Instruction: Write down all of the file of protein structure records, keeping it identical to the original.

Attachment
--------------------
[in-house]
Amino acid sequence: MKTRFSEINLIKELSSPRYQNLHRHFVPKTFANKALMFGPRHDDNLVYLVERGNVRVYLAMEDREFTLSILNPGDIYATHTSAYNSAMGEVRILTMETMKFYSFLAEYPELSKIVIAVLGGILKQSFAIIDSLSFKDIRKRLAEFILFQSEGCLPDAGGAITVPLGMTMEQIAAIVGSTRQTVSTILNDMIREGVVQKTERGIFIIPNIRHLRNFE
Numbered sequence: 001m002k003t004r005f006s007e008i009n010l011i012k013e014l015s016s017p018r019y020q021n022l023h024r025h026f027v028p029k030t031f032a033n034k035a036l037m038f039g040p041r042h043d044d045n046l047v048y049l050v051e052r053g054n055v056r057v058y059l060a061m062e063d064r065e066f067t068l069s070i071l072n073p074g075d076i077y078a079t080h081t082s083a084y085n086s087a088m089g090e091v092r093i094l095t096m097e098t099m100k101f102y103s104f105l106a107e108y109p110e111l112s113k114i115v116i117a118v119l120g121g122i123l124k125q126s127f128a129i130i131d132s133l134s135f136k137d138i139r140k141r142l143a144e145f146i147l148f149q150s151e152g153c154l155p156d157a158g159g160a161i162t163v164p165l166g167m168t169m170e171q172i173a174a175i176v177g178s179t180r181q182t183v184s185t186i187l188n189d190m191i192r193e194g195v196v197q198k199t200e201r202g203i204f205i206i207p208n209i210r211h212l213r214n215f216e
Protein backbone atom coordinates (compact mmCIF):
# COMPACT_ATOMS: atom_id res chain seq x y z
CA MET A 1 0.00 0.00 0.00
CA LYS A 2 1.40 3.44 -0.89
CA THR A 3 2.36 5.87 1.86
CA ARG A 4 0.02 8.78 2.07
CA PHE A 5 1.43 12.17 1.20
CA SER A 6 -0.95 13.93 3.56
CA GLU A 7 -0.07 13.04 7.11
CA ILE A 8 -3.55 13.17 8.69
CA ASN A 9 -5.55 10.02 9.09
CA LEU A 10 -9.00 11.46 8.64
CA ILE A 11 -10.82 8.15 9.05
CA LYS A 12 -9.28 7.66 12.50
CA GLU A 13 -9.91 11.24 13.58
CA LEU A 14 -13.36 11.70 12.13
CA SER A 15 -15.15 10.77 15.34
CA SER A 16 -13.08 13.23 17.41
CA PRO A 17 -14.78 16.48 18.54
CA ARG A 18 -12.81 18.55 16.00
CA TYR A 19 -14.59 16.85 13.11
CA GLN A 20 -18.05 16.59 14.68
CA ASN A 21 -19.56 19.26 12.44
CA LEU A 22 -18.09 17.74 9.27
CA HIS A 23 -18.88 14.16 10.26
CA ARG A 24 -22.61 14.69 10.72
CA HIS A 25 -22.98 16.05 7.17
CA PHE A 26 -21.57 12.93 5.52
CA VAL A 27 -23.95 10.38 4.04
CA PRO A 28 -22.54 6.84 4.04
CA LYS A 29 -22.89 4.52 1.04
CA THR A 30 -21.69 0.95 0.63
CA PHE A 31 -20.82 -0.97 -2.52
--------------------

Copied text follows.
[in-house]
Amino acid sequence: MKTRFSEINLIKELSSPRYQNLHRHFVPKTFANKALMFGPRHDDNLVYLVERGNVRVYLAMEDREFTLSILNPGDIYATHTSAYNSAMGEVRILTMETMKFYSFLAEYPELSKIVIAVLGGILKQSFAIIDSLSFKDIRKRLAEFILFQSEGCLPDAGGAITVPLGMTMEQIAAIVGSTRQTVSTILNDMIREGVVQKTERGIFIIPNIRHLRNFE
Numbered sequence: 001m002k003t004r005f006s007e008i009n010l011i012k013e014l015s016s017p018r019y020q021n022l023h024r025h026f027v028p029k030t031f032a033n034k035a036l037m038f039g040p041r042h043d044d045n046l047v048y049l050v051e052r053g054n055v056r057v058y059l060a061m062e063d064r065e066f067t068l069s070i071l072n073p074g075d076i077y078a079t080h081t082s083a084y085n086s087a088m089g090e091v092r093i094l095t096m097e098t099m100k101f102y103s104f105l106a107e108y109p110e111l112s113k114i115v116i117a118v119l120g121g122i123l124k125q126s127f128a129i130i131d132s133l134s135f136k137d138i139r140k141r142l143a144e145f146i147l148f149q150s151e152g153c154l155p156d157a158g159g160a161i162t163v164p165l166g167m168t169m170e171q172i173a174a175i176v177g178s179t180r181q182t183v184s185t186i187l188n189d190m191i192r193e194g195v196v197q198k199t200e201r202g203i204f205i206i207p208n209i210r211h212l213r214n215f216e
Protein backbone atom coordinates (compact mmCIF):
# COMPACT_ATOMS: atom_id res chain seq x y z
CA MET A 1 0.00 0.00 0.00
CA LYS A 2 1.40 3.44 -0.89
CA THR A 3 2.36 5.87 1.86
CA ARG A 4 0.02 8.78 2.07
CA PHE A 5 1.43 12.17 1.20
CA SER A 6 -0.95 13.93 3.56
CA GLU A 7 -0.07 13.04 7.11
CA ILE A 8 -3.55 13.17 8.69
CA ASN A 9 -5.55 10.02 9.09
CA LEU A 10 -9.00 11.46 8.64
CA ILE A 11 -10.82 8.15 9.05
CA LYS A 12 -9.28 7.66 12.50
CA GLU A 13 -9.91 11.24 13.58
CA LEU A 14 -13.36 11.70 12.13
CA SER A 15 -15.15 10.77 15.34
CA SER A 16 -13.08 13.23 17.41
CA PRO A 17 -14.78 16.48 18.54
CA ARG A 18 -12.81 18.55 16.00
CA TYR A 19 -14.59 16.85 13.11
CA GLN A 20 -18.05 16.59 14.68
CA ASN A 21 -19.56 19.26 12.44
CA LEU A 22 -18.09 17.74 9.27
CA HIS A 23 -18.88 14.16 10.26
CA ARG A 24 -22.61 14.69 10.72
CA HIS A 25 -22.98 16.05 7.17
CA PHE A 26 -21.57 12.93 5.52
CA VAL A 27 -23.95 10.38 4.04
CA PRO A 28 -22.54 6.84 4.04
CA LYS A 29 -22.89 4.52 1.04
CA THR A 30 -21.69 0.95 0.63
CA PHE A 31 -20.82 -0.97 -2.52